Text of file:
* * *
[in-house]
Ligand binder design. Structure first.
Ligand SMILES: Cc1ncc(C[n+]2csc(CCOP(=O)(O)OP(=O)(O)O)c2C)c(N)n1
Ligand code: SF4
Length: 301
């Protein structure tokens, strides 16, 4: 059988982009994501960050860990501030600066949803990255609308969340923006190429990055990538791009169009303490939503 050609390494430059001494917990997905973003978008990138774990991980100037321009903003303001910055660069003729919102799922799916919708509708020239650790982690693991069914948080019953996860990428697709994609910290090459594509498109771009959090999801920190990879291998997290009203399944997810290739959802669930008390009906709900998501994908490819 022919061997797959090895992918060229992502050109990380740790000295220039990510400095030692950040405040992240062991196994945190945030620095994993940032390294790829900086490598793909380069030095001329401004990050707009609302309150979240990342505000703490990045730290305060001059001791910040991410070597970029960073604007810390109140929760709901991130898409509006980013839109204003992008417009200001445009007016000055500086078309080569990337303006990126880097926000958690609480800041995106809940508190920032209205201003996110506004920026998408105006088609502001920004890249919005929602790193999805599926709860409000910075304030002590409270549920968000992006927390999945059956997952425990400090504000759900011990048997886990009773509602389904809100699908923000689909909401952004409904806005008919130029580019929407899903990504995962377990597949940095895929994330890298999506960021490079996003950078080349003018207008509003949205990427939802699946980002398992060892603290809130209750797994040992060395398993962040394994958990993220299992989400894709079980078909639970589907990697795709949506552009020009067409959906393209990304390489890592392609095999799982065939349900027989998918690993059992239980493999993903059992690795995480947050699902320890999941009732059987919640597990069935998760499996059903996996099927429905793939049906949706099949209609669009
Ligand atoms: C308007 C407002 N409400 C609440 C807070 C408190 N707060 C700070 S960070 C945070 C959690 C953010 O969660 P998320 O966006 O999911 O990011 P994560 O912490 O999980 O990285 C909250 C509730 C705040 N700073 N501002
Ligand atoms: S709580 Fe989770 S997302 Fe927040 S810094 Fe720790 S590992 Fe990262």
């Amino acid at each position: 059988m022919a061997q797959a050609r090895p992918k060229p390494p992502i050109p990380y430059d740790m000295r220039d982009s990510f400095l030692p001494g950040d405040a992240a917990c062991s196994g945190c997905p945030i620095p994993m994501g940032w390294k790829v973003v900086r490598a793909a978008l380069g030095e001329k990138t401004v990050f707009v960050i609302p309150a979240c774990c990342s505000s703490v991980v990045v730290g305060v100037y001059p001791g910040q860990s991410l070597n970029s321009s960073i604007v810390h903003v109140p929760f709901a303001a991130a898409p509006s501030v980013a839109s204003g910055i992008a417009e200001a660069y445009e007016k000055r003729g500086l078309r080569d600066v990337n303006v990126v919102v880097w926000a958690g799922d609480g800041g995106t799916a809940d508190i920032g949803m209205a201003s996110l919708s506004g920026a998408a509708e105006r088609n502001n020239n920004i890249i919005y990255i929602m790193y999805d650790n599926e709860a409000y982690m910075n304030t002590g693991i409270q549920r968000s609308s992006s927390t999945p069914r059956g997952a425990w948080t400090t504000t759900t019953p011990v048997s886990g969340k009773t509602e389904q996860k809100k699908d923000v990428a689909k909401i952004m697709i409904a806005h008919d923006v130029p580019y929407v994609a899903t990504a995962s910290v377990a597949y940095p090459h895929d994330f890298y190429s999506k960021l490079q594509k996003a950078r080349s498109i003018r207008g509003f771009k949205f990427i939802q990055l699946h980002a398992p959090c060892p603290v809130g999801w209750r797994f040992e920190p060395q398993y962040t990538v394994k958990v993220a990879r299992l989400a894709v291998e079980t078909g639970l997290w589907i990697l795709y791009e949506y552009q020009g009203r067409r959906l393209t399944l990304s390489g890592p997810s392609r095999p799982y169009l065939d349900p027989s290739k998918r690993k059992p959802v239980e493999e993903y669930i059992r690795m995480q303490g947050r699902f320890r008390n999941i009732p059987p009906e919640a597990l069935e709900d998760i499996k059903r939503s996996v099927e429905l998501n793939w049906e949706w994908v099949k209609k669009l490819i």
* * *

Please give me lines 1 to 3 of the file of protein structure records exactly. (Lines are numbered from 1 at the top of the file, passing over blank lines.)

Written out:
[in-house]
Ligand binder design. Structure first.
Ligand SMILES: Cc1ncc(C[n+]2csc(CCOP(=O)(O)OP(=O)(O)O)c2C)c(N)n1